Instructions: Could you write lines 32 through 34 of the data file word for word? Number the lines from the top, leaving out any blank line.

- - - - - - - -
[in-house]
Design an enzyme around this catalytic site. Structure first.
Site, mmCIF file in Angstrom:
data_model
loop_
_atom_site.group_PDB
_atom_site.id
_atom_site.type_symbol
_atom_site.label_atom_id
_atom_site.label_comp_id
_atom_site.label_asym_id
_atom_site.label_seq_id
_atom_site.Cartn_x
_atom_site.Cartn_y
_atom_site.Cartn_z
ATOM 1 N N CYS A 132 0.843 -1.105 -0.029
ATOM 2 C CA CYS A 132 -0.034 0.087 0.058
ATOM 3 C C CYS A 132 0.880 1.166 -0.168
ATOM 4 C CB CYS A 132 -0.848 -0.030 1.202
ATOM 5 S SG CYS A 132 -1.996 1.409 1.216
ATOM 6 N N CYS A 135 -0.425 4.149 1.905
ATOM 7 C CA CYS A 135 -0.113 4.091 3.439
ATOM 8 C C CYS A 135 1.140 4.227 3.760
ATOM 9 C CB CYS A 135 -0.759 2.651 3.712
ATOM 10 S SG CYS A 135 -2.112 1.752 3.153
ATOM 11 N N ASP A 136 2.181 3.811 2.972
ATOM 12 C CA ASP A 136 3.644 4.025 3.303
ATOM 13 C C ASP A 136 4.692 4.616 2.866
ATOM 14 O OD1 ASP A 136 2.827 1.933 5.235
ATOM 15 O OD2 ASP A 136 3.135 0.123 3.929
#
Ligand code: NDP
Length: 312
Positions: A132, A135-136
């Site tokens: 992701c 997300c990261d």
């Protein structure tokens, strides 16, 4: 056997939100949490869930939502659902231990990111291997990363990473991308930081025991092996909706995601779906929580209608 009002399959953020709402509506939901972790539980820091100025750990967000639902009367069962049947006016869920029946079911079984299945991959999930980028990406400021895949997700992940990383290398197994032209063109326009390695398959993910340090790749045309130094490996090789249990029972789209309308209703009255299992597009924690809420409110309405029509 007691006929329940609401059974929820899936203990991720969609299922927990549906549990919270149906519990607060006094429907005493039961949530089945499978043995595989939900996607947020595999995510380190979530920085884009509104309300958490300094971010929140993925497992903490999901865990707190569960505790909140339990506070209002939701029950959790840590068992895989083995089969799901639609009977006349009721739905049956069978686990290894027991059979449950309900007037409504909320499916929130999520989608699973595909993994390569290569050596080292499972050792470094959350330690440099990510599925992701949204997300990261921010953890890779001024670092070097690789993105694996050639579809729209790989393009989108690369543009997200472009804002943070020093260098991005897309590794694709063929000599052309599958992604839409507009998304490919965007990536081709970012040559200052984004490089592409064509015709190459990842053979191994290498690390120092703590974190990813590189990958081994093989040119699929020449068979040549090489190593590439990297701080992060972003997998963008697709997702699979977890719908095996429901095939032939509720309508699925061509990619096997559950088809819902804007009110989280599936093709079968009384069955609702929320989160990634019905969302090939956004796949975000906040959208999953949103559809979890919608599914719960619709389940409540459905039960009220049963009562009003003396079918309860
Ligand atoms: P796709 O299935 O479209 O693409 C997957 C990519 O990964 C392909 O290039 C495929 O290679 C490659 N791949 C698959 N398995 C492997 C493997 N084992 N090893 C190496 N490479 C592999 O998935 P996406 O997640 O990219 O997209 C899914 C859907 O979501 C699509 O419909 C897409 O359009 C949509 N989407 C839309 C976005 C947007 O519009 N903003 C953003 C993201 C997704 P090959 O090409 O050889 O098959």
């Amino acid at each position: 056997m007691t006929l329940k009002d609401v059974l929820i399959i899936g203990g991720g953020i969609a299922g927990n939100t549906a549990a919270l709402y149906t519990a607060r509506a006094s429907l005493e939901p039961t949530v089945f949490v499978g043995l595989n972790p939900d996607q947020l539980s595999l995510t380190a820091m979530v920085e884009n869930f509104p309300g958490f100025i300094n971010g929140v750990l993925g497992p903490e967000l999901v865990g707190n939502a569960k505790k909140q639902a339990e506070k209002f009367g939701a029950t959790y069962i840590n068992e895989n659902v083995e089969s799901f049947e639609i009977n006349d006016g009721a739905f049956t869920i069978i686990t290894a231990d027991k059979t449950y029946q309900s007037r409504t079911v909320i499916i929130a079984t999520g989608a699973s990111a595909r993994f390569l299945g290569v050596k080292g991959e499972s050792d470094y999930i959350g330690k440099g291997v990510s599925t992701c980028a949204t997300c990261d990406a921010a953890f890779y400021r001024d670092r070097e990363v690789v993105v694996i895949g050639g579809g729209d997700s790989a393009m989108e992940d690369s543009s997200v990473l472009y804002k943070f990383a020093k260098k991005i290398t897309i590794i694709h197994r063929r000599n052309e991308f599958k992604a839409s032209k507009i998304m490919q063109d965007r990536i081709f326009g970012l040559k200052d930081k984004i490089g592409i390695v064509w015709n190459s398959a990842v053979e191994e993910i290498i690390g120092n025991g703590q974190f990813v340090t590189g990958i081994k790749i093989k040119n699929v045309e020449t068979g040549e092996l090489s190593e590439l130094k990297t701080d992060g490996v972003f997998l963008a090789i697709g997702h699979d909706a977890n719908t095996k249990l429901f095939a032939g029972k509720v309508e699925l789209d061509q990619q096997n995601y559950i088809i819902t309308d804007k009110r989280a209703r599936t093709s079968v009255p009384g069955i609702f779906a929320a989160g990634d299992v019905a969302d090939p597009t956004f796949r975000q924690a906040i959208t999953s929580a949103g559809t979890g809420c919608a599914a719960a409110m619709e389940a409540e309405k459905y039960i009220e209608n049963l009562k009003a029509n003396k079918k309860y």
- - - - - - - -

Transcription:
Ligand code: NDP
Length: 312
Positions: A132, A135-136